Ms. Claudette Colvin had more than 200 assembled activists stuck to their seats as she shared the story of her 1955 arrest for refusing to give up her seat on a Montgomery, Alabama city bus. As a fifteen-year-old youngster who’d heard Black History Week presentations in her high school, she felt the spirit of Harriet Tubman “like a hand on my shoulder forcing me to remain seated,” when the driver instructed her and three other students to move so a young white woman could have a seat alone on two benches.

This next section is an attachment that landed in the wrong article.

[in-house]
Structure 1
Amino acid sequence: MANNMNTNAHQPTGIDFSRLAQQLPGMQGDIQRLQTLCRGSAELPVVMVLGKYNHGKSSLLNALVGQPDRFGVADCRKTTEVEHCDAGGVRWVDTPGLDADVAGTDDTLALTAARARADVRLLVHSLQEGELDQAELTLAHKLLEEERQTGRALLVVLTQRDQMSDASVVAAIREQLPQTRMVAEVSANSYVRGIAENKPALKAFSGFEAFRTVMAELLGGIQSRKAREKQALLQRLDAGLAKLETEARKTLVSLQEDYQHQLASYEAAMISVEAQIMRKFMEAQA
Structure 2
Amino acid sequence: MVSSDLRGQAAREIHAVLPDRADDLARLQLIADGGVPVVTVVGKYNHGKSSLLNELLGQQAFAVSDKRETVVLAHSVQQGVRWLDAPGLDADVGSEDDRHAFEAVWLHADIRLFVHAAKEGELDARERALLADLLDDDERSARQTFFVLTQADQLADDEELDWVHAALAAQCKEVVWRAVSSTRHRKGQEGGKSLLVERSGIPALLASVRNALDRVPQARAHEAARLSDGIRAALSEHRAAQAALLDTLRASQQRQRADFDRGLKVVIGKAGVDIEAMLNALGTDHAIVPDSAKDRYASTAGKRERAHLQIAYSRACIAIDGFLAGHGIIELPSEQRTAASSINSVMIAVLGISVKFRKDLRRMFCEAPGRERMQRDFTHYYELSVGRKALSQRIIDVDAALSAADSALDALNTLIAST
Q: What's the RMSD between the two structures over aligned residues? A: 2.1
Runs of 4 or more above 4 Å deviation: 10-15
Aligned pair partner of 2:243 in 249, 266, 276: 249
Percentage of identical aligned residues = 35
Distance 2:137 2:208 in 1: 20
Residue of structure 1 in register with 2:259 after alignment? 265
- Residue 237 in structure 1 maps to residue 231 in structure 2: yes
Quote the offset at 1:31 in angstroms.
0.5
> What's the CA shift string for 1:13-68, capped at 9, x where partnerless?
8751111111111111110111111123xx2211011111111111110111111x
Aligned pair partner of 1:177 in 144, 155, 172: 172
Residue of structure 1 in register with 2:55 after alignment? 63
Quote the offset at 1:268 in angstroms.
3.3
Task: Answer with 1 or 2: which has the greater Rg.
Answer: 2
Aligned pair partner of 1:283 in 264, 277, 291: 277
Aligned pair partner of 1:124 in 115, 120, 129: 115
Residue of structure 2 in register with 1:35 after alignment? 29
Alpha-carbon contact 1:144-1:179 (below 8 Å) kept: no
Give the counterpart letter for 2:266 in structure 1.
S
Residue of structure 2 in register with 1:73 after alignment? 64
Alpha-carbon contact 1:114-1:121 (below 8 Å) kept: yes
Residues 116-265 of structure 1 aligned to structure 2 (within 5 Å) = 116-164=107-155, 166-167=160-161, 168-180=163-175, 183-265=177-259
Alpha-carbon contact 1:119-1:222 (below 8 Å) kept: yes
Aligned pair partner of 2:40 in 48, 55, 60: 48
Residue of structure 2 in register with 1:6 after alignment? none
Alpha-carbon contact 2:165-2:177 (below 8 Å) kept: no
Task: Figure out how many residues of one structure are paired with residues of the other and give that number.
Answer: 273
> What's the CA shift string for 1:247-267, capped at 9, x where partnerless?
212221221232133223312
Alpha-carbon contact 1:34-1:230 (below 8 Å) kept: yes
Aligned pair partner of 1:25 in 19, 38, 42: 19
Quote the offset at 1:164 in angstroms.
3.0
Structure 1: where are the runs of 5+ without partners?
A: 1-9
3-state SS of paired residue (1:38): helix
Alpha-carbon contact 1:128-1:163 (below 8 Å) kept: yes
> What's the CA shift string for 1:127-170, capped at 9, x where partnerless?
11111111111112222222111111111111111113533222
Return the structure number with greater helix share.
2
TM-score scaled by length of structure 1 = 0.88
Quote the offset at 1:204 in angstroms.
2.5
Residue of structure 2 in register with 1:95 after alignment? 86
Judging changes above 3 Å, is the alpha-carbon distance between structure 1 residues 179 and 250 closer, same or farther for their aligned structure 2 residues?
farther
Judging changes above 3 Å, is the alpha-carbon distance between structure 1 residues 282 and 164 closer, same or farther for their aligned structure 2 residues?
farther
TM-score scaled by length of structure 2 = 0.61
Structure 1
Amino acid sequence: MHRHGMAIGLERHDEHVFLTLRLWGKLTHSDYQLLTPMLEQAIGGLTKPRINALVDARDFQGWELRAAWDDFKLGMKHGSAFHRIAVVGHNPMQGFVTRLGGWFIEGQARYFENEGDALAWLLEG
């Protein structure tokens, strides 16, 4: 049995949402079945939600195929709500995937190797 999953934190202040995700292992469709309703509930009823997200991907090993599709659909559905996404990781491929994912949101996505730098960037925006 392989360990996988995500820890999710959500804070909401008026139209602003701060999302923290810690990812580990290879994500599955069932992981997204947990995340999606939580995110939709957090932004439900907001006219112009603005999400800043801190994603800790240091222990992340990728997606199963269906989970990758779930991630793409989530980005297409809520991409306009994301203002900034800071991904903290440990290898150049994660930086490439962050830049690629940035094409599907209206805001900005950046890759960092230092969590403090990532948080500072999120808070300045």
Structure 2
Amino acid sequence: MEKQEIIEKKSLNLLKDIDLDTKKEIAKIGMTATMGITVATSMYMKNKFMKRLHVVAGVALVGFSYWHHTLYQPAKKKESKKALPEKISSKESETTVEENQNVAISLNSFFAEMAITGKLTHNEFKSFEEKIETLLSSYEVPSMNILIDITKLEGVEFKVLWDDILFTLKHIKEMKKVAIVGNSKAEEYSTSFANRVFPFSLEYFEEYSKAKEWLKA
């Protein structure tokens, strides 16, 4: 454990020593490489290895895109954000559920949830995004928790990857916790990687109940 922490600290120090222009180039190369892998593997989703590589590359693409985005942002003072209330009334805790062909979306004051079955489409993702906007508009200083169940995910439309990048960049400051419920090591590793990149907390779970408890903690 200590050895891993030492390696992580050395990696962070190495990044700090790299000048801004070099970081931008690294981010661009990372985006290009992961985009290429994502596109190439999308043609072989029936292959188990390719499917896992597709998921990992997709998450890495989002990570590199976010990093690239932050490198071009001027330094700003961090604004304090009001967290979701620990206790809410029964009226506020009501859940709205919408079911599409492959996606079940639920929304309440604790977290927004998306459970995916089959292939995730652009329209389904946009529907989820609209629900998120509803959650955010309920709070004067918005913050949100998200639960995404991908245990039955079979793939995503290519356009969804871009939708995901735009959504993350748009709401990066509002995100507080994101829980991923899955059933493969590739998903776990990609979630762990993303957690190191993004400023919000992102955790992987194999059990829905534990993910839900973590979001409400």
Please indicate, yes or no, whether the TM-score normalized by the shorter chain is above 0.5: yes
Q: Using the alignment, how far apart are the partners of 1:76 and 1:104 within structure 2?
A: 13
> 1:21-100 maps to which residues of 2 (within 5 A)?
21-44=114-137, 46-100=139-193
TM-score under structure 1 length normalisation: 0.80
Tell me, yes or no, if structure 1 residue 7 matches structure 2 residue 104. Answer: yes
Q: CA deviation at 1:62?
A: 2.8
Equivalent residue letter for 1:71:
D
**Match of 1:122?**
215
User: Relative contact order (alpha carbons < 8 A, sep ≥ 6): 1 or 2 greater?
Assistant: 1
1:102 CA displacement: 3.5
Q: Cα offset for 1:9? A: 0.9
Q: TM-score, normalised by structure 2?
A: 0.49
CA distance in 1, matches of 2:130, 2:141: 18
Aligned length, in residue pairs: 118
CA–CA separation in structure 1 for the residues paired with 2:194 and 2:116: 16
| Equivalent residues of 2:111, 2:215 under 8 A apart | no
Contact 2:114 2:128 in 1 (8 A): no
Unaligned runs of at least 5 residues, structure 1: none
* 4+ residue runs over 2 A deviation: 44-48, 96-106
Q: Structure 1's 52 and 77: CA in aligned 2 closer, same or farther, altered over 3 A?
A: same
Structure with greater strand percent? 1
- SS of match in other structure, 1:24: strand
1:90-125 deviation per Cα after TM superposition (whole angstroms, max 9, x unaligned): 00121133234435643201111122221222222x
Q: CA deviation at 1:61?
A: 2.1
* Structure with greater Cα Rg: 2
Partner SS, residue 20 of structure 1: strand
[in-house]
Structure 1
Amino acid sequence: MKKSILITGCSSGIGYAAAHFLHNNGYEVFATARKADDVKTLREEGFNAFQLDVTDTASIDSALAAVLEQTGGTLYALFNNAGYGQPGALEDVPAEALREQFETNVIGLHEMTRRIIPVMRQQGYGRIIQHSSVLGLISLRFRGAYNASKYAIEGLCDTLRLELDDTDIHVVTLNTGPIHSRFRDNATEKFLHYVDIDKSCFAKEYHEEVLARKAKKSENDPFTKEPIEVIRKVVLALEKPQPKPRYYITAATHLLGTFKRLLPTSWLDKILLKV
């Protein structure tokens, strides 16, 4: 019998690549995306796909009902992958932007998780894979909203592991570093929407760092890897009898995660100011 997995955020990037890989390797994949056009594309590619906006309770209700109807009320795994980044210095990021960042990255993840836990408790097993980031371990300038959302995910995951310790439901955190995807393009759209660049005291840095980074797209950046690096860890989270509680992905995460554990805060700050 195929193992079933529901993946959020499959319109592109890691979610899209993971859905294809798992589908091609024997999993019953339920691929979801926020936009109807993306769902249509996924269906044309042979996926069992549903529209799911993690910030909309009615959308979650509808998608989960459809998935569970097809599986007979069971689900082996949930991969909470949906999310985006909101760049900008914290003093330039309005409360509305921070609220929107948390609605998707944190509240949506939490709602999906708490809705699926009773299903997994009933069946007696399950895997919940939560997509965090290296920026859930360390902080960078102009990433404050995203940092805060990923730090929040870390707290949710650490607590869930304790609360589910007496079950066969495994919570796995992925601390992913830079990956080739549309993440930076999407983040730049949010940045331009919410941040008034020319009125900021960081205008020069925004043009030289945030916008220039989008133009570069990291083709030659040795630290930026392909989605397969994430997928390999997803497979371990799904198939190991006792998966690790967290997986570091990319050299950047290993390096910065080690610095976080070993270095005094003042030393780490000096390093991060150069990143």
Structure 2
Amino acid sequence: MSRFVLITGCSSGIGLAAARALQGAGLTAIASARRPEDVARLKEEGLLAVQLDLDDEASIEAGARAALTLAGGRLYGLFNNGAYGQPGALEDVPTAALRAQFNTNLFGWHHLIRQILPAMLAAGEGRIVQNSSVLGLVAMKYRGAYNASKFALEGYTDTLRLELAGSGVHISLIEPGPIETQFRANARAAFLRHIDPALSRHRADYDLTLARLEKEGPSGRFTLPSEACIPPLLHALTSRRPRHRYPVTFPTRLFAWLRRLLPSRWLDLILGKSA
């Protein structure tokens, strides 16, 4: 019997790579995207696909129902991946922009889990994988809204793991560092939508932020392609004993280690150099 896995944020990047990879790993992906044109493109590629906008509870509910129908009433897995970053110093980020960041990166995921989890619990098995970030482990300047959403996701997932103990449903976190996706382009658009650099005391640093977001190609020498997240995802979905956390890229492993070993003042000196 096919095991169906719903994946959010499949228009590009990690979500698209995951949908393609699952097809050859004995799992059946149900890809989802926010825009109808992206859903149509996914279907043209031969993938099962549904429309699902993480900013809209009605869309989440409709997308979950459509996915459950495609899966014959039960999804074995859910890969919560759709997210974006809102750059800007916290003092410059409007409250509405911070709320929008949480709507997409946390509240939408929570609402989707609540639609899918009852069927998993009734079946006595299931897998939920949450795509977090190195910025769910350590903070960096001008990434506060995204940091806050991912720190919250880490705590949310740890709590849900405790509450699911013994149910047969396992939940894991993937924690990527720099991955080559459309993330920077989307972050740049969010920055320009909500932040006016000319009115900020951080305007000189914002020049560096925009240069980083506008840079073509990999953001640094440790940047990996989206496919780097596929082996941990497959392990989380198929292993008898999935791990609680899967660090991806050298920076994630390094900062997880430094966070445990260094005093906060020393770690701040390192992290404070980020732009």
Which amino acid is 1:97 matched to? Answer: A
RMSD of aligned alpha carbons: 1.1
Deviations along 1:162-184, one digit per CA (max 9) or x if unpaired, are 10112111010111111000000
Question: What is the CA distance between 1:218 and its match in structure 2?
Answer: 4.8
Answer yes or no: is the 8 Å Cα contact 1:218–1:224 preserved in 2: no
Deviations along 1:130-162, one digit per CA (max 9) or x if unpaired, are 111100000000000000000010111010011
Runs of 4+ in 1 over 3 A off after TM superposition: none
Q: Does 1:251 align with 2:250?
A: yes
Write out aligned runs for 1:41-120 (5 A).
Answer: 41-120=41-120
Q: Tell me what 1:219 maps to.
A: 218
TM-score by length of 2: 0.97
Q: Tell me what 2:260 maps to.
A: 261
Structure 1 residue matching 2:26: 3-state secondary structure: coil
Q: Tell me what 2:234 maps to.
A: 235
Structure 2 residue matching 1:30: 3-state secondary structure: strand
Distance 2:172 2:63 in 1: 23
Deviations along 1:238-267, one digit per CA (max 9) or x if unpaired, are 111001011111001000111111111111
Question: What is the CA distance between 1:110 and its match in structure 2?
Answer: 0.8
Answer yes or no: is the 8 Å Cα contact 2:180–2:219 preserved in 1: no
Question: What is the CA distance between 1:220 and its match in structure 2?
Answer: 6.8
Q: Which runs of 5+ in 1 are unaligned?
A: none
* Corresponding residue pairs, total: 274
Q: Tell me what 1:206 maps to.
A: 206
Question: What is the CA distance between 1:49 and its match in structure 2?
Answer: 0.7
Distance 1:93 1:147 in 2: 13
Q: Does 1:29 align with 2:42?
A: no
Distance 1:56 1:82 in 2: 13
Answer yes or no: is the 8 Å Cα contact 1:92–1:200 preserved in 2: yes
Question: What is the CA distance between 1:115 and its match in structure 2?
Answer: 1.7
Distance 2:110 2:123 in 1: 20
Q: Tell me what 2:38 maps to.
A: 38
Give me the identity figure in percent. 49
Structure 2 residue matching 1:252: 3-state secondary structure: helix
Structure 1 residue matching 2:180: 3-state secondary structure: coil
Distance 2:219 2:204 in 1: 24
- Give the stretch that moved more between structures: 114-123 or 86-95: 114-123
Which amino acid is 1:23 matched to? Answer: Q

After her arrest, Miss Colvin became active in the Montgomery NAACP Youth Council organized by Mrs. Rosa Parks, so she had multiple sources of inspiration, though she was taken off the bus and busted some nine months before Mrs. Parks herself was arrested.

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